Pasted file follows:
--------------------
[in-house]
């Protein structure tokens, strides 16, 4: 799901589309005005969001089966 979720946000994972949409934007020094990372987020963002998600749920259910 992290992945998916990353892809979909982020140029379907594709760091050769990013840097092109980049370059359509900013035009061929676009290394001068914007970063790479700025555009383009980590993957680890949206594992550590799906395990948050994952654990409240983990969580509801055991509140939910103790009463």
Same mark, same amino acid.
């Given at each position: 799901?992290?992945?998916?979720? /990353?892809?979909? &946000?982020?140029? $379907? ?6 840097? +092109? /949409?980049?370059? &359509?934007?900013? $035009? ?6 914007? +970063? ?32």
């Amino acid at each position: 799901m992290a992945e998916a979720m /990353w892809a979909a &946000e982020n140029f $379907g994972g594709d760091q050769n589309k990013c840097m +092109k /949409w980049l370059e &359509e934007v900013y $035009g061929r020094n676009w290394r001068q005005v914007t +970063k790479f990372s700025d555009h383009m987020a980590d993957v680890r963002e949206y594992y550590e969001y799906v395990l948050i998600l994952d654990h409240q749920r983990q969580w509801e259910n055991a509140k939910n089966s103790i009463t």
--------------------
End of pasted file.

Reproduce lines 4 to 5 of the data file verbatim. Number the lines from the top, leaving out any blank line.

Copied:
């Given at each position: 799901?992290?992945?998916?979720? /990353?892809?979909? &946000?982020?140029? $379907? ?6 840097? +092109? /949409?980049?370059? &359509?934007?900013? $035009? ?6 914007? +970063? ?32």
């Amino acid at each position: 799901m992290a992945e998916a979720m /990353w892809a979909a &946000e982020n140029f $379907g994972g594709d760091q050769n589309k990013c840097m +092109k /949409w980049l370059e &359509e934007v900013y $035009g061929r020094n676009w290394r001068q005005v914007t +970063k790479f990372s700025d555009h383009m987020a980590d993957v680890r963002e949206y594992y550590e969001y799906v395990l948050i998600l994952d654990h409240q749920r983990q969580w509801e259910n055991a509140k939910n089966s103790i009463t």